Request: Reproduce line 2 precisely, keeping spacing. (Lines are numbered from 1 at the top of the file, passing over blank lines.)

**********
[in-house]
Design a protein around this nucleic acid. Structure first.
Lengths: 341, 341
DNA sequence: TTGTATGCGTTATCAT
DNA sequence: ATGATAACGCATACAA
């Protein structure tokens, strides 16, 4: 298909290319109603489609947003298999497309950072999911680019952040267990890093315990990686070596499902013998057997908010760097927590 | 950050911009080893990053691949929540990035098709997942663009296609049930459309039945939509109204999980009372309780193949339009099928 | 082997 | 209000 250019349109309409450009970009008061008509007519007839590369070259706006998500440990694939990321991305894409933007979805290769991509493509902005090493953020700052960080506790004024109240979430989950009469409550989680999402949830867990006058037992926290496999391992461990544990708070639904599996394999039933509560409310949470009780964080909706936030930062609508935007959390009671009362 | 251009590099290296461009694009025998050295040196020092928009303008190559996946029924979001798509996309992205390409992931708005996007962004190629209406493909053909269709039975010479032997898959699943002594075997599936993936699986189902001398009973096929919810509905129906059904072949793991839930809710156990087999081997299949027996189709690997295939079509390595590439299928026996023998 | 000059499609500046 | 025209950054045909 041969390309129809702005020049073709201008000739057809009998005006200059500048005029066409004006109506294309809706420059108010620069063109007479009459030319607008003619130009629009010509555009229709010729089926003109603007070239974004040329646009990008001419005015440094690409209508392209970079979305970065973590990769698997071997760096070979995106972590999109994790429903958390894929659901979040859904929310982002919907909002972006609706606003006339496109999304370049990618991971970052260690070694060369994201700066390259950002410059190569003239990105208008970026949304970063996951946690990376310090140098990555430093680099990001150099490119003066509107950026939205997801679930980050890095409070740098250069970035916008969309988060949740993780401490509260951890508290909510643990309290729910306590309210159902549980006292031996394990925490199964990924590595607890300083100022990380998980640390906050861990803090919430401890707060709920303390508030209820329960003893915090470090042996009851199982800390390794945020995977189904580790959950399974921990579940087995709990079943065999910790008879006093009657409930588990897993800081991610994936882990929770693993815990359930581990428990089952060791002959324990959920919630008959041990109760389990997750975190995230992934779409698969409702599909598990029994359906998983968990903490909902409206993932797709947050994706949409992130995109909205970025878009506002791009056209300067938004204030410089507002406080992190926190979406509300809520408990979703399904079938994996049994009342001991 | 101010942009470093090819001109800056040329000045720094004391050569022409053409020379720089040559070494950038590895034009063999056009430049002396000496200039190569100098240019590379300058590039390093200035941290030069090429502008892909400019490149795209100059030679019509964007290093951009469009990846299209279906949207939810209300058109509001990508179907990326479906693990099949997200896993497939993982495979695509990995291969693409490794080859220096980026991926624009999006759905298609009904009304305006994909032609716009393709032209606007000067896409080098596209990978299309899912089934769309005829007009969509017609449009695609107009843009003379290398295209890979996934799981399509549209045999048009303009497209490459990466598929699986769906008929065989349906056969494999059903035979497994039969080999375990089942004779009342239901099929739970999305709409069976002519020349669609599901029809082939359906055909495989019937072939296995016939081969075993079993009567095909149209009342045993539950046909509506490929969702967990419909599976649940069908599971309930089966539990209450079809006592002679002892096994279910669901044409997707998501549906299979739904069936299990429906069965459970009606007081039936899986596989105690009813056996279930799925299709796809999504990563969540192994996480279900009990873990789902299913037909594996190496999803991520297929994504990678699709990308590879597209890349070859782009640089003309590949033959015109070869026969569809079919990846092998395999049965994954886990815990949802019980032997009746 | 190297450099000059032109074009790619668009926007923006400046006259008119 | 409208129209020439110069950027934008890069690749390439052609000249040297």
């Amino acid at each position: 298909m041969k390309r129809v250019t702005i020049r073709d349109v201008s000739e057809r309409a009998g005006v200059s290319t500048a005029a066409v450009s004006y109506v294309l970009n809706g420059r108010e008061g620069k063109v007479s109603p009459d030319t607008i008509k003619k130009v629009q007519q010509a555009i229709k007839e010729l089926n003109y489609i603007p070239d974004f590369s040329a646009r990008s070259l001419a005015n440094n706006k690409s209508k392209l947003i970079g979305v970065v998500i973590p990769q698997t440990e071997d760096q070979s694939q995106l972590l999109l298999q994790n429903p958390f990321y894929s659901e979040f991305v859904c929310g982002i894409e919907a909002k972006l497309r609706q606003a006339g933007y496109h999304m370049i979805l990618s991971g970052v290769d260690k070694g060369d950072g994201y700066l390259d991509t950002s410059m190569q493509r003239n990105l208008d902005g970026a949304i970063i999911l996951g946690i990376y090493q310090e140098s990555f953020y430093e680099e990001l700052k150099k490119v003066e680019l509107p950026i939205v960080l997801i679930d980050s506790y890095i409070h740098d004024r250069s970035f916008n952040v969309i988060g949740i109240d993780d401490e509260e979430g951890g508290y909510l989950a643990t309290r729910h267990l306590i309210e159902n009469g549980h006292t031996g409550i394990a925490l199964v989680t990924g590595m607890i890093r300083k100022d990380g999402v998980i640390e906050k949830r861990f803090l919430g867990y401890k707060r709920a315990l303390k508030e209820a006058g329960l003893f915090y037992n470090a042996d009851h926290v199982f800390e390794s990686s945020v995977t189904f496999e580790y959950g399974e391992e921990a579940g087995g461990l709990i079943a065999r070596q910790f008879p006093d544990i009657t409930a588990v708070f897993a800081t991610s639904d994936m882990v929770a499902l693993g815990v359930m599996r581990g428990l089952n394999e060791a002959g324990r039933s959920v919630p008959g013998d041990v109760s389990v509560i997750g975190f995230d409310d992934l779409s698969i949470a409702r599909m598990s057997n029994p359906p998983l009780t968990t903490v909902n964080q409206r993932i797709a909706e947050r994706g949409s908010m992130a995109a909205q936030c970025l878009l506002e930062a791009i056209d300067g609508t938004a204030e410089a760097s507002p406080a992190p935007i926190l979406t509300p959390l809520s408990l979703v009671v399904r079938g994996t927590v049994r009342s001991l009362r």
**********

Design a protein around this nucleic acid. Structure first.